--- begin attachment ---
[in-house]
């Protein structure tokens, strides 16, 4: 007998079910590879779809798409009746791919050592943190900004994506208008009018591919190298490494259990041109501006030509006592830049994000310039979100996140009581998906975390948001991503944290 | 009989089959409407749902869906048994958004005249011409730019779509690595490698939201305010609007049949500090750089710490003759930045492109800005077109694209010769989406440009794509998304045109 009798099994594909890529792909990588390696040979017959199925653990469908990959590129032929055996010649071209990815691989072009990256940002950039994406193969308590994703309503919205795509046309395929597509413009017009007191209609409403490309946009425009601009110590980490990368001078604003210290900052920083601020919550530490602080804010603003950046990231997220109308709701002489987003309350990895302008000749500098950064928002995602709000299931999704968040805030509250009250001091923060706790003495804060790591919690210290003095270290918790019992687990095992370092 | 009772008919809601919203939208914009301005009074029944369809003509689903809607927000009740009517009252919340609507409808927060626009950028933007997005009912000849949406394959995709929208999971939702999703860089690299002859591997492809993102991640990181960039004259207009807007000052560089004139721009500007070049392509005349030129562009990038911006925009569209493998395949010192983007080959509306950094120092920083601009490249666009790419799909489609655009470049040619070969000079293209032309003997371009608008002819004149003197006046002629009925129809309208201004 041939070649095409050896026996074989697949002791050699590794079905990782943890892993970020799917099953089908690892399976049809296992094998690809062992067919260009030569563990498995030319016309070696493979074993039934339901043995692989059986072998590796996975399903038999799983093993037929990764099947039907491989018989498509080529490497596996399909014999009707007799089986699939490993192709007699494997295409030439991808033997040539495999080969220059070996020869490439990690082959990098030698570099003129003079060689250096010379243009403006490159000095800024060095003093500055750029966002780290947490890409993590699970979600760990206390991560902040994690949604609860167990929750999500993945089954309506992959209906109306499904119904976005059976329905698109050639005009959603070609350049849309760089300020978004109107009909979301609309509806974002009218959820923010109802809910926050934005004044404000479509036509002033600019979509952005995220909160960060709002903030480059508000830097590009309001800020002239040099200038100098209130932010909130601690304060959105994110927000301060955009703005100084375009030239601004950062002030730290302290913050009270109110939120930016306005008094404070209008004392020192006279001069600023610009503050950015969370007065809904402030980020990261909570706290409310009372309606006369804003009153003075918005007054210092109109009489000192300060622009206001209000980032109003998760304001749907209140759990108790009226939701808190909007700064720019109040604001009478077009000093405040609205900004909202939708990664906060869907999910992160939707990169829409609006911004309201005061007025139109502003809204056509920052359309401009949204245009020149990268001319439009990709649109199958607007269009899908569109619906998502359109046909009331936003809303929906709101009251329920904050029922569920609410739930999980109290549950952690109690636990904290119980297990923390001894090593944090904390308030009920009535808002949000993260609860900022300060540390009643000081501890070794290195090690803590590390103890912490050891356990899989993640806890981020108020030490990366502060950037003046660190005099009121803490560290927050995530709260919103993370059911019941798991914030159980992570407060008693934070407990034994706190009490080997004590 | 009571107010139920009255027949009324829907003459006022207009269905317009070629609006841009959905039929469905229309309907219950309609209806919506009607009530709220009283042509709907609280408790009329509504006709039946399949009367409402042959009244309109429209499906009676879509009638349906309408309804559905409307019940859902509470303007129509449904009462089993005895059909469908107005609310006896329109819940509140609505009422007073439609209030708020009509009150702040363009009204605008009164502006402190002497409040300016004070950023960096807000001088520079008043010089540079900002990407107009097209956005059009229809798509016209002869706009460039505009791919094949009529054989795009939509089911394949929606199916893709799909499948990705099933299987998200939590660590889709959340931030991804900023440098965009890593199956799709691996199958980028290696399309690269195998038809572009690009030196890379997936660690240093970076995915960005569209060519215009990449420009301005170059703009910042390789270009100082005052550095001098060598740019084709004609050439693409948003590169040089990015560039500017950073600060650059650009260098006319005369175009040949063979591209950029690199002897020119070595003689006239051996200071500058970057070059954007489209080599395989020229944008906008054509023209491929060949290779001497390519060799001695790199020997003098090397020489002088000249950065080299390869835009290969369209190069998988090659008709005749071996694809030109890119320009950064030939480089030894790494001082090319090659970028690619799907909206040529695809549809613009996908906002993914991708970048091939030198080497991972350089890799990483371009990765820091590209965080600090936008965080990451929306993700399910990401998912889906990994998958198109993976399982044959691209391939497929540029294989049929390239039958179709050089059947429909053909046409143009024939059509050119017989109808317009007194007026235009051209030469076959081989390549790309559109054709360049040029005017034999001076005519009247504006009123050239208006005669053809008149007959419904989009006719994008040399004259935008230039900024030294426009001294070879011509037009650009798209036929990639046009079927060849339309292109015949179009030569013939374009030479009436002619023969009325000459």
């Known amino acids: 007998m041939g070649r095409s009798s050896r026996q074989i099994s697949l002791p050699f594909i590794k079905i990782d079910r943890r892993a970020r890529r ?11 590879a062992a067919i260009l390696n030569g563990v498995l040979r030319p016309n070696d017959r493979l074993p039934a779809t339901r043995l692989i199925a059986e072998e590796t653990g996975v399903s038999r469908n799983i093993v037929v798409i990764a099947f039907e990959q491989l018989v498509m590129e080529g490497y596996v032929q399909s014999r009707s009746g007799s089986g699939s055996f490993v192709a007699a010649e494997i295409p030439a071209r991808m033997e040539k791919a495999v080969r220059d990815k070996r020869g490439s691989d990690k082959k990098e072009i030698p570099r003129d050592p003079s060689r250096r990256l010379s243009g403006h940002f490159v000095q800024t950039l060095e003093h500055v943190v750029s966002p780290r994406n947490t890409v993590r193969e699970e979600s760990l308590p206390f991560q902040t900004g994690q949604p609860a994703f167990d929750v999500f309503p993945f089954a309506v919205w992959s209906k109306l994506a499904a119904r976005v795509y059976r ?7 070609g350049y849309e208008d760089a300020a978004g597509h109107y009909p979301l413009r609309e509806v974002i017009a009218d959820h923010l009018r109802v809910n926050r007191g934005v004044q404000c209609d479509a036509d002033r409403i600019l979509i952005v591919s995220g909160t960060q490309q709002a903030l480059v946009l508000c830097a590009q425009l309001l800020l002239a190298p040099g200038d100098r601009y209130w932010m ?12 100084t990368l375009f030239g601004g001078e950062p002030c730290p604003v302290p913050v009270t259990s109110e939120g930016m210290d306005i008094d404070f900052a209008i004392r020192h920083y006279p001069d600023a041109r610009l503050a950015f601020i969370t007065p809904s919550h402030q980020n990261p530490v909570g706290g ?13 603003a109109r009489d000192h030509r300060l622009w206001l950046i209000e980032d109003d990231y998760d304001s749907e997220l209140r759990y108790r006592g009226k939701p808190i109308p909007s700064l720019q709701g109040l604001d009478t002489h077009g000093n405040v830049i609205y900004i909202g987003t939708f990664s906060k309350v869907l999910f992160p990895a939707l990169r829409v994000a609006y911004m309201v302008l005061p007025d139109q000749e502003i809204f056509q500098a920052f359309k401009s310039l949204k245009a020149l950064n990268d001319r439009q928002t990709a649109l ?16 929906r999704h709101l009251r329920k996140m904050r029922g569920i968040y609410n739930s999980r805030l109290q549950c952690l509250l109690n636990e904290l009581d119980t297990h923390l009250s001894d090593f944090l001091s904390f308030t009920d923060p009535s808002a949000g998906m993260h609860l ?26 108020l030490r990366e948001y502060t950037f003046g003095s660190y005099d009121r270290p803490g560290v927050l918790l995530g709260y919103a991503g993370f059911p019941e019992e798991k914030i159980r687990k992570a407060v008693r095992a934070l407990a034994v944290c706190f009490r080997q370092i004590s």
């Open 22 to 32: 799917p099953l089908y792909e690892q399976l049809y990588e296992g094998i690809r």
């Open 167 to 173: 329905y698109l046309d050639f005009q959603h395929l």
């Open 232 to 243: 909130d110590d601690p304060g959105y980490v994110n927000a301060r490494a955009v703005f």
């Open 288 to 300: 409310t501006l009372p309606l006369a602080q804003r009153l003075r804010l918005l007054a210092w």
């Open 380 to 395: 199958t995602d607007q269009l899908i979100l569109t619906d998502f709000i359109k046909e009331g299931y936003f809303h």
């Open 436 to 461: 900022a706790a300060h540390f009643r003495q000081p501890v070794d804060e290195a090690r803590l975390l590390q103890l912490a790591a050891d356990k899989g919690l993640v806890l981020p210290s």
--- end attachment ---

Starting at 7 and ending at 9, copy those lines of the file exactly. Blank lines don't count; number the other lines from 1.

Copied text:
């Open 288 to 300: 409310t501006l009372p309606l006369a602080q804003r009153l003075r804010l918005l007054a210092w």
């Open 380 to 395: 199958t995602d607007q269009l899908i979100l569109t619906d998502f709000i359109k046909e009331g299931y936003f809303h």
């Open 436 to 461: 900022a706790a300060h540390f009643r003495q000081p501890v070794d804060e290195a090690r803590l975390l590390q103890l912490a790591a050891d356990k899989g919690l993640v806890l981020p210290s």